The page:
After 5 years of raving, the crabs have done messing around. Crab Champions is a game based on smash hit “Crab Rave”, a song released by Noise Storm, developed and pubblished by the eponymous company Noise Storm Limited. As advertised on its Website, the game revolves around the notorious crab hopping from island to island in a roguelike third-person shooter, fighting enemy crabs, pufferfish and pumpkins? Although still an early-access game, Crab Champions is already showing great initiative, with the game’s first patches being better than a lot of new releases, with a great variety of upgrades and weaponry that keep every run fresh! (Even though the balancing needs some fine-tuning). With 2023 seeming like a wonderful year for roguelikes, with sequels such as Darkest Dungeon II and ports from the playstation with Returnal, this april-fools game unironically seems to be a potential new contender.
But what can be so great about this game? From fast-paced smooth movement to interesting upgrade ideas, let’s dwelve into it!
While definitely not the game’s focus, the graphics are very appealing nonetheless. With vibrant colouring and very cartoony trees, the game’s atmosphere stays very upbeat and eye-catching as you shoot and throw grenades at your enemies. Textures aside, the visual effects of the different projectiles and explosions can become distracting and they can make keeping track of every hostile entity even worse in an already-existing bullet hell (luckily, explosions are clearly delineated by circles regardless of their effects). As for other assets in the game, the very glossy and shiny effects that follow them can make the aesthetics awkward at times.
As for reaching these islands, the game sadly does not permit for the player to make many decisions; where Slay the Spire would allow for different pathings (removing tedious RNG and rewarding better decision-making), or The Binding of Isaac, setting randomized floor layouts to render every run unique, Crab Champions limits the player to two diverging islands that always lead to forced shops, horde events, and ultimately bosses. While definitely not a game-killer, replayability can most definitely end much sooner and make the gameplay loop feel repetitive, especially when the game refuses to give certain types of perks that can make the game feel incomplete.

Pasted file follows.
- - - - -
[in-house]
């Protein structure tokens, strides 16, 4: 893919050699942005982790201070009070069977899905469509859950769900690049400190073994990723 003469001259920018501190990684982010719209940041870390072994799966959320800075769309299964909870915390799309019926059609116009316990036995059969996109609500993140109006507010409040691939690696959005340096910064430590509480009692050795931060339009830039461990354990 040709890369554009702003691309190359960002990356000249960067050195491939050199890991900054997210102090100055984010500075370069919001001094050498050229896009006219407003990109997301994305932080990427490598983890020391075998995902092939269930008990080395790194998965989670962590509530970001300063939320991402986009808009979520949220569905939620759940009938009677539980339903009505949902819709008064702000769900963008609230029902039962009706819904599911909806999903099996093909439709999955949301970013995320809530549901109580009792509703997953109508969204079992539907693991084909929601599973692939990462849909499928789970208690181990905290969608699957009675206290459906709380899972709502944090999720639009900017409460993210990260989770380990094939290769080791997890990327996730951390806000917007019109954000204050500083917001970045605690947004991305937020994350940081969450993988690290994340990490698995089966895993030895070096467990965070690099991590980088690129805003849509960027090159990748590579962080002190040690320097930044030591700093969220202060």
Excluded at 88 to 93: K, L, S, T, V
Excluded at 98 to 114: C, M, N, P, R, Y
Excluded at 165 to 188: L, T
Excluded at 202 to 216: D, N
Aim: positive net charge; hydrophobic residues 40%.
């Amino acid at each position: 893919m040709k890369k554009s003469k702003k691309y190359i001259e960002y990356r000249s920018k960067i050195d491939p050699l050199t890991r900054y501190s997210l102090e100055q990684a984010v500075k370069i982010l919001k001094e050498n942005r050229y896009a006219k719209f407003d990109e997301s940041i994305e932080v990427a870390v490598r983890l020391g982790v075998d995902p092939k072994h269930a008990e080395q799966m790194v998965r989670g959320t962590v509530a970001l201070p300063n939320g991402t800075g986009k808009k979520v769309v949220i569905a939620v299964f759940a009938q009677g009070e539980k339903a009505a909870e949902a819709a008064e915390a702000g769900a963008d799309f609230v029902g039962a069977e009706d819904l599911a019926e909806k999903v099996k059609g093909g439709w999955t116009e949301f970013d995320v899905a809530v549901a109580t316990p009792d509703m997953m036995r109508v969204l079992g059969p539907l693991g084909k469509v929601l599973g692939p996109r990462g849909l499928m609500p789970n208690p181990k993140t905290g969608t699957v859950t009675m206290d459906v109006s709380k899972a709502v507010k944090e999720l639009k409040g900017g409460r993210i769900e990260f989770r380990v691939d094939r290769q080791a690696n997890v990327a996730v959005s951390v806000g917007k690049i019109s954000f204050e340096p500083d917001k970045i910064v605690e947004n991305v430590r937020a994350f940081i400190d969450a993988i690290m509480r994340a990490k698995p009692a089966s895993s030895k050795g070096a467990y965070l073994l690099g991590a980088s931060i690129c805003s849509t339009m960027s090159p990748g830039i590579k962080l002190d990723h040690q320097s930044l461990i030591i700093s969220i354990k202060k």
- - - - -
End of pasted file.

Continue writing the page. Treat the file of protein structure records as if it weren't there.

Best movement shooter of 2023?
The movement’s fluidity in this game is unparalleled. Although only allowing simple movement options like dashing and double jumps, Noisestorm implemented the functions amazingly together in conjunction with momentum retainment to encourage a low skill-floor but high ceiling when confronting positioning. Meanwhile, the enemy design compliments these mechanics perfectly, as they throw large projectiles and mobile minions that keep you on your toes (Even though the sheer amount of visual clutter in boss fights make a lot of the damage feel unfair). For player whose aim is worse than average, the game remains very accessible through air bullet-time, decreasing a need for Aimlabs practice (not to mention that most enemies have sizeable hitboxes, allowing for more carefree spraying).
Currently, the upgrades, or perks, you can obtain as a crab are of a decent size, which promises very well for a game in early-access. While there are the usual “higher firerate” boosts, a lot of the loot was made with tactical build-crafting in mind, as they provide improvements mostly at the cost of other stats. This, paired with limited inventory slots, incite smart decision-making while still keeping the opportunity of busted runs through levelling-up already owned items. Although synergies can be found, the early-access builds do not have many, and the ones that can be found tend to be very niche and hard to obtain.
To compare this game to another in its genre, Crab Champions shares similarities with Risk of Rain 2, and it is safe to say that most Hopoo fans will have a blast with games. Practically every totem found in CC has a direct counterpart to the shrines in RoR2, very fun movement-centered shooting with RoR2’s different classes being represented in CC’s variety of weaponry found at the lobby, and a niche multiplayer community with wonderful members and a very active Discord community, even used by the main (and sole) developer of the game.
Following the ever-refreshing trend of certain Indie games, Crab Champions is a spark of hope in a field where triple A games fail to deliver. I personally have loved this game, and am glad it is ready to grow even bigger as the developer diligently updates it around monthly, and honestly I cannot recommend it enough. Sadly this game does not have much of any pubblicity as it is more of a passion project that refused itself to be sold to potentially harmful pubblishers, even though now it feels the consequences in major lack of advertisement. Regardless, I look forward to see the game’s full release (although it already feels like it) and whatever will come in the future!